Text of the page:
‘Sin’ industries place more pressure on finance minister

Photo used for illustration purposes only. PHOTO: Gulshan Khan/AFP via Getty Images

The sugar and beer industries are again pleading with Finance Minister Enoch Godongwana to hold off on tax increases in their sectors, claiming they are still reeling from the economic blows dealt by the Covid-19 pandemic and recurring floods as well as the high inflationary environment and load shedding.

Their pleas come just ahead of National Treasury’s tabling of the 2023 National Budget on Wednesday (22 February).

In its list of asks of the finance minister, the battered sugar industry – via industry body the SA Canegrowers – has proposed the scrapping of the sugar tax in an effort to save the thousands of jobs that it believes will be lost if the sugar tax continues to be implemented, or worse, increased.

The Beer Association of South Africa (Basa) meanwhile, in what seems to have become a tradition, has asked for the implementation of an alcohol by volume (ABV) excise duty system that will see alcohol producers taxed in proportionality to the alcohol content of their products. It also asks for greater consistency in the implementation of current excise regime.

Sugar tax
The SA Canegrowers association has categorised the government’s implementation of the health promotion levy as destructive and unsubstantial, and has moved to get the attention of the chair of parliament’s Standing Committee on Finance, requesting increased scrutiny of Treasury’s policymaking regarding the sugar tax.

The tax – first implemented in 2017 and in effect since April 2018 – was introduced by the government to support the health department’s goals of lowering diabetes, obesity and other related diseases in the country.

According to a South African Revenue Service (Sars) explainer, the levy on sugary beverages is “fixed at 2.1 cent per gram of the sugar content that exceeds 4 grams per 100ml,” with the first four grams in each 100ml being levy-free.

The industry describes the rationale behind the sugar tax as baseless.

In a statement on Monday, the association reiterated its concerns that the levy exists with “no evidence whatsoever” to support its stated aim of reducing diabetes, obesity and related diseases.

Instead, it believes that should the levy continue to exist or even worse be increased in the finance minister’s budget speech, 6 000 jobs will be lost and the businesses of almost 3 000 small-scale growers will be put at risk.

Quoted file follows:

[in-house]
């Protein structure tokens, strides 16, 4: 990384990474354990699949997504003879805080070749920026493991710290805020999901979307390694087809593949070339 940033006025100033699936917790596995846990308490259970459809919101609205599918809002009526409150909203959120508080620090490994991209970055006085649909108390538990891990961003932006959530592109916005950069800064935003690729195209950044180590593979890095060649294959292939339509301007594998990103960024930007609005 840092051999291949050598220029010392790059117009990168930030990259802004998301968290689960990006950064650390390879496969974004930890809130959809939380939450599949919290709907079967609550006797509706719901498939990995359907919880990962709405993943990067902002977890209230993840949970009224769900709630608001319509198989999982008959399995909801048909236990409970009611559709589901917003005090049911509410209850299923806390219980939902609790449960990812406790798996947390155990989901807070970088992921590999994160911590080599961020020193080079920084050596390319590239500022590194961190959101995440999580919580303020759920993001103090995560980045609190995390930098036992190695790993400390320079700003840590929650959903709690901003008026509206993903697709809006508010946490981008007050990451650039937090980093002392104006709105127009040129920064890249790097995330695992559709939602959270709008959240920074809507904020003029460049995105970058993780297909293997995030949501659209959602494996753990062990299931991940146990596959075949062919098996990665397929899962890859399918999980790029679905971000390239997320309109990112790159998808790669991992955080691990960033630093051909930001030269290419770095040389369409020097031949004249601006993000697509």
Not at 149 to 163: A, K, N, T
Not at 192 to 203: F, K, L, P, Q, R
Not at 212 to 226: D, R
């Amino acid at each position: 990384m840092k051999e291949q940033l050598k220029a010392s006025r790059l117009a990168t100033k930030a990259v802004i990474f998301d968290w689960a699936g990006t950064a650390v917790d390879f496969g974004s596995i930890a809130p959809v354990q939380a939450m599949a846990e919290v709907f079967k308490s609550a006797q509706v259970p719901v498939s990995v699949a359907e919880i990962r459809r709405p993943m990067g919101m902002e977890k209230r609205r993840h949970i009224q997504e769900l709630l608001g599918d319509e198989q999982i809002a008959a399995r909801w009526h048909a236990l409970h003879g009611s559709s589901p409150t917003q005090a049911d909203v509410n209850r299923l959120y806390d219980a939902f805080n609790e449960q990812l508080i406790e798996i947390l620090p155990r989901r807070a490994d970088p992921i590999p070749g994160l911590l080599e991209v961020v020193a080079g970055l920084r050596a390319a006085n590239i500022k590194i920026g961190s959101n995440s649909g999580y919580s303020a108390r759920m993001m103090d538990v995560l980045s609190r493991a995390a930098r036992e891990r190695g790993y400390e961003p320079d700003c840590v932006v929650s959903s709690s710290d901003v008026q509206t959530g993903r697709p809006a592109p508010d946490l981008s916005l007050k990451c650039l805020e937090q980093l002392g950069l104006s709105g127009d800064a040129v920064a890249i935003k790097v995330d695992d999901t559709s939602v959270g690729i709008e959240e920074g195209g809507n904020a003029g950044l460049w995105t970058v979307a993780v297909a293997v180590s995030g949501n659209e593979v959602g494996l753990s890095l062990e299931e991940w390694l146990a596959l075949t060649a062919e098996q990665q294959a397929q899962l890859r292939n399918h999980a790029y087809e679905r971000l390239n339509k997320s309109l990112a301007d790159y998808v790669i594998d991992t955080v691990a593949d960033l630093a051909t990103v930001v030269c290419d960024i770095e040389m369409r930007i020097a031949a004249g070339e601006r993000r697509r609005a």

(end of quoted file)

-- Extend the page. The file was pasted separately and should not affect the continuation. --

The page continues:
“This adds to the total of more than 16 000 jobs and R2 billion lost because of the levy in the first year of its implementation alone.”

There is also the scourge of load shedding – with Stage 6 rolling blackouts set to continue until further notice and a recent study conducted by the association showing that six to 10 hours of power cuts a day threatens to rob growers of R700 million in 2023.

This could rise to R1.8 billion should load shedding be escalated, it says.

“Our Constitutional framework envisions transparent and accountable governance, and Parliament’s committees play a critical role in this regard,” says SA Canegrowers.

“The failure of National Treasury to comply with legislation, and to deal transparently with the sugar industry, is disappointing and requires the intervention of the Standing Committee on Finance.

“SA Canegrowers continues to urge Minister Godongwana to help us save vital livelihoods in South Africa’s rural economies by scrapping the sugar tax, and to work with the industry and other social partners to devise less destructive ways to promote health in South [Africa] than the job-killing Health Promotion Levy.”

Beer industry
Calls from the beer industry relate to the “fair” implementation of excise tax on taxable alcohol products.

Basa is unhappy with the government’s policy of taxing beer on an excise duty based on LAA (litres absolute alcohol) and/or ABV (alcohol by volume) – unlike wine, which is taxed per litre regardless of its alcohol volume.

A further demand is for the excise adjustment approach to be changed to one that is fixed so as to align with forecasted inflation. This, Basa believes, will provide sector participants with much greater tax certainty.

“By implementing these proposals, we believe a win-win situation could be created when it comes to increased tax revenue and aligning with global standards and public health economics on harmful consumption reduction,” it says.

“In particular, the application of an ABV-based excise duty system has been recognised by the World Health Organisation as the best model for improving public health outcomes as it encourages consumers to purchase lower alcohol strength products.”

According to Basa, the industry, which is still recovering from the impacts of the Covid-19 pandemic and is now being battered by the impacts of load shedding, has seen a drop in production of between 25% and 40% – while facing rising costs of at least 15%.

“This loss of brewery income has forced some businesses to lay off workers, with many craft brewers indicating that they will not be able to continue operating if load shedding continues at current levels.”

It adds: “It is critical that these craft breweries as well as other businesses across the beer value chain are provided with a lifeline in order to protect the thousands of livelihoods they support.”

The Citizen